Catholic Church sides with the Palestinians


The Catholic Church has seemingly sided with the Palestinians regarding the intensifying conflict surrounding the Temple Mount, placing the blame on Israel and referring to the site by its Muslim name.

In an interview on Vatican Radio, one bishop contended that there has been no Palestinian violence.

Appearing before a crowd on Sunday in St. Peter’s Square at the Vatican, Pope Francis said that he viewed “with trepidation the grave tensions and violence” surrounding the Temple Mount in Jerusalem.

The Pope urged people to pray for the sake of Jerusalem, saying, “I feel the need to express a distressed appeal for moderation and dialogue.”

Violence at the Temple Mount began on July 14 when two Israeli policemen who were guarding the entrance to the site were murdered by three Palestinian terrorists who were later killed by Israeli police.

Following the incident, the Israeli government closed the Temple Mount site to all Muslim visitors. After the site was equipped with advanced security measures, including walk-through metal detectors, it was reopened on July 16 to limited Muslim worship.

The Islamic Waqf, the Muslim trust which controls the Temple Mount, released a statement condemning the metal detectors and calling for a boycott of the site.

Muslim crowds rioted over the installation of the metal detectors, clashing with Israeli police. Three Palestinians were killed in the riots.

The Latin Patriarchate of Jerusalem released a statement signed by the leaders of all 13 Christian communities in Jerusalem which condemned the violence, but utilized language that clearly favored the Palestinians in the conflict and identified the Temple Mount by its Arabic names.

“We, the Heads of Churches in Jerusalem, express our serious concern regarding recent escalation in violent developments around Haram ash-Sharif and our grief for the loss of human life and strongly condemn any act of violence,” the statement read.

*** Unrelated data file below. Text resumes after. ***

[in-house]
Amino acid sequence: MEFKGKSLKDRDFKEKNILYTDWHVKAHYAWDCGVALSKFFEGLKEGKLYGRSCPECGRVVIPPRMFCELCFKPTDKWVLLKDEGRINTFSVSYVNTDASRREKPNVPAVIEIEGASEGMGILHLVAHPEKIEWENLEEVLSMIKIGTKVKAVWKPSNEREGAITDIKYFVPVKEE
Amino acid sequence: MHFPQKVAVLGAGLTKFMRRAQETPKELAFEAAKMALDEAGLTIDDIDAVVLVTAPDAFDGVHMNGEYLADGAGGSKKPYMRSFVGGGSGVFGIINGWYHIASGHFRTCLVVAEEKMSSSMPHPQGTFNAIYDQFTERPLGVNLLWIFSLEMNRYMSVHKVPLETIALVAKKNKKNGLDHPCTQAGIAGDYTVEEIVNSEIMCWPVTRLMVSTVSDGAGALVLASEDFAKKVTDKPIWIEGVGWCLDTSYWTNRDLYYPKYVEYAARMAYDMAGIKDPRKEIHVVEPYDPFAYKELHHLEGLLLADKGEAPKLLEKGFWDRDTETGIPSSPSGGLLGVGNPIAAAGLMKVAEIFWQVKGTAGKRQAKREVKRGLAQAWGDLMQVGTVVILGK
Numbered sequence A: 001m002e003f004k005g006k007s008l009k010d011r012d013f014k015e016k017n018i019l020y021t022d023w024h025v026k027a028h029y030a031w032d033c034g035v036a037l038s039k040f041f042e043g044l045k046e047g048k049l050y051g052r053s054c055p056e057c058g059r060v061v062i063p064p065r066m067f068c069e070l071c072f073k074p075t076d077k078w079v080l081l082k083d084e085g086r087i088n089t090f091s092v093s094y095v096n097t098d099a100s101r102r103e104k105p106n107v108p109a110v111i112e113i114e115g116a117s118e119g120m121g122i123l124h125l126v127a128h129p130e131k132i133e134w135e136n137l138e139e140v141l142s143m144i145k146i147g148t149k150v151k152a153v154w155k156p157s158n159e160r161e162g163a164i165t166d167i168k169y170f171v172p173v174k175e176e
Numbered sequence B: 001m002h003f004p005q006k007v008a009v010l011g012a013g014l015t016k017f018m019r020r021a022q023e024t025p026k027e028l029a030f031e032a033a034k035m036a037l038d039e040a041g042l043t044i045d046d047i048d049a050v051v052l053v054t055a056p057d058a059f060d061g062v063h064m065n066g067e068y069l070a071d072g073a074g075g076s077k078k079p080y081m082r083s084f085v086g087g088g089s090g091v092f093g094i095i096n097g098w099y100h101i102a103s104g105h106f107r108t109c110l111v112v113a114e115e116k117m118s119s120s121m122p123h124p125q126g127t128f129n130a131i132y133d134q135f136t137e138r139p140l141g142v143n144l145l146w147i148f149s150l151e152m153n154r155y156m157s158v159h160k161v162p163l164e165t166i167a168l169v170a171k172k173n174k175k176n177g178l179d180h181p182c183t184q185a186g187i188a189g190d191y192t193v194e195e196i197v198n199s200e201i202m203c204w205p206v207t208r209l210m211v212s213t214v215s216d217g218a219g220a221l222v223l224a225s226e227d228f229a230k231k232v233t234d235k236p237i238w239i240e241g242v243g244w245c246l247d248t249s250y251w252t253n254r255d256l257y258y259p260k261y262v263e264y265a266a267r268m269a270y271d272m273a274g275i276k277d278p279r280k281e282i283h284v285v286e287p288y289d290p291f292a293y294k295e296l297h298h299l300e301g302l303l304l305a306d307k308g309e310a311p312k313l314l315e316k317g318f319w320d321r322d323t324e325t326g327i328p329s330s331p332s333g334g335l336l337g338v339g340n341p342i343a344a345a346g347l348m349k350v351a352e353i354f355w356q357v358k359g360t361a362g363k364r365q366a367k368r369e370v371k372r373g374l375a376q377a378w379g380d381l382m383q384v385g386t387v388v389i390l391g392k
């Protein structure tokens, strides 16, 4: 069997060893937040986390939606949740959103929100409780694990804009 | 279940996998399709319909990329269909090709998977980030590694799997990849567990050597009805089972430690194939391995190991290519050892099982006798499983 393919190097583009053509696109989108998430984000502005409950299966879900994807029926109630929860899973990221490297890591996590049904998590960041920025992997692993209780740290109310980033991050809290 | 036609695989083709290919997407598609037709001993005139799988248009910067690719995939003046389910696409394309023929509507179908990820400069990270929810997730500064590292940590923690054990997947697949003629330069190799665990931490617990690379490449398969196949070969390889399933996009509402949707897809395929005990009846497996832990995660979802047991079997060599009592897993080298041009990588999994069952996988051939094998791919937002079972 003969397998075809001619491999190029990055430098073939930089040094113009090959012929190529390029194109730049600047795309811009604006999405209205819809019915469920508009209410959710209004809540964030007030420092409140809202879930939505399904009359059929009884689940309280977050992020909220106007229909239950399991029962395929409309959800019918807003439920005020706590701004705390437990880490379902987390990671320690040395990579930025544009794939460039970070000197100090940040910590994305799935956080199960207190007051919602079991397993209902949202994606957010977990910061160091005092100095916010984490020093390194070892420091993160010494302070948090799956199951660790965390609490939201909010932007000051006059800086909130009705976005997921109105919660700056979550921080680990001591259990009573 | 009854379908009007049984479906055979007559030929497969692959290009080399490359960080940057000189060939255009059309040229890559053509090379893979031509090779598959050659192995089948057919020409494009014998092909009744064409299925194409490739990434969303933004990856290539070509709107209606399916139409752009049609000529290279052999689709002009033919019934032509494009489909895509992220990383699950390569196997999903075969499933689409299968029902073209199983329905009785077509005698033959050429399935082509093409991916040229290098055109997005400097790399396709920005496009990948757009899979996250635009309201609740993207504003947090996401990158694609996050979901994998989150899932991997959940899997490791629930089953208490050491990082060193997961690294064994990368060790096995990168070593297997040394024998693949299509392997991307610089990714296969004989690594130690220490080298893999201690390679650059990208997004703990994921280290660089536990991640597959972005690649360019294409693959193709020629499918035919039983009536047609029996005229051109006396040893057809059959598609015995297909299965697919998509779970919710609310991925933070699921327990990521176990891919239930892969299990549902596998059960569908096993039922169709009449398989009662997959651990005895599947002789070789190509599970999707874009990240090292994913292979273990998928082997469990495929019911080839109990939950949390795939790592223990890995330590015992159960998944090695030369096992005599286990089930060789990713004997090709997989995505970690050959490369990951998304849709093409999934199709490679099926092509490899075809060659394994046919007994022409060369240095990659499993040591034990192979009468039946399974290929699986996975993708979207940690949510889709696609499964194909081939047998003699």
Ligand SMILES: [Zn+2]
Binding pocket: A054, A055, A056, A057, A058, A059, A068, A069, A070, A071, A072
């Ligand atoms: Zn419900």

The statement pointed to a change in the “status quo,” referring to the addition of metal detectors that “could easily lead to serious and unpredictable consequences.”

“We worried about any change to historical (Status Quo) situation in al-Aqsa Mosque (Haram ash-Sharif) and its courtyard, and in the holy city of Jerusalem. Any threat to its continuity and integrity could easily lead to serious and unpredictable consequences, which would be most unwelcome in the present tense religious climate.

“We value the continued custody of the Hashemite Kingdom of Jordan on Al-Aqsa Mosque and the holy places in Jerusalem and the Holy Land which guarantees the right for all Muslims to free access and worship to al Aqsa Mosque according to the prevailing Status Quo.

“We renew our call that the historical Status Quo governing these sites be fully respected, for the sake of peace and reconciliation to the whole community, and we pray for a just and lasting peace in the whole region and all its peoples.”

The statement did not reference the Muslim terror attack that incited the rioting.

According to Bishop Munib Younan, head of the Evangelical Lutheran Church of Jordan and the Holy Land, metal detectors are a form of “collective punishment” which should not be permitted “because of an attack by two persons.”

“It’s essential to find a political solution to end the Israeli occupation, which is considered illegal,” the bishop said during an interview on Vatican Radio.

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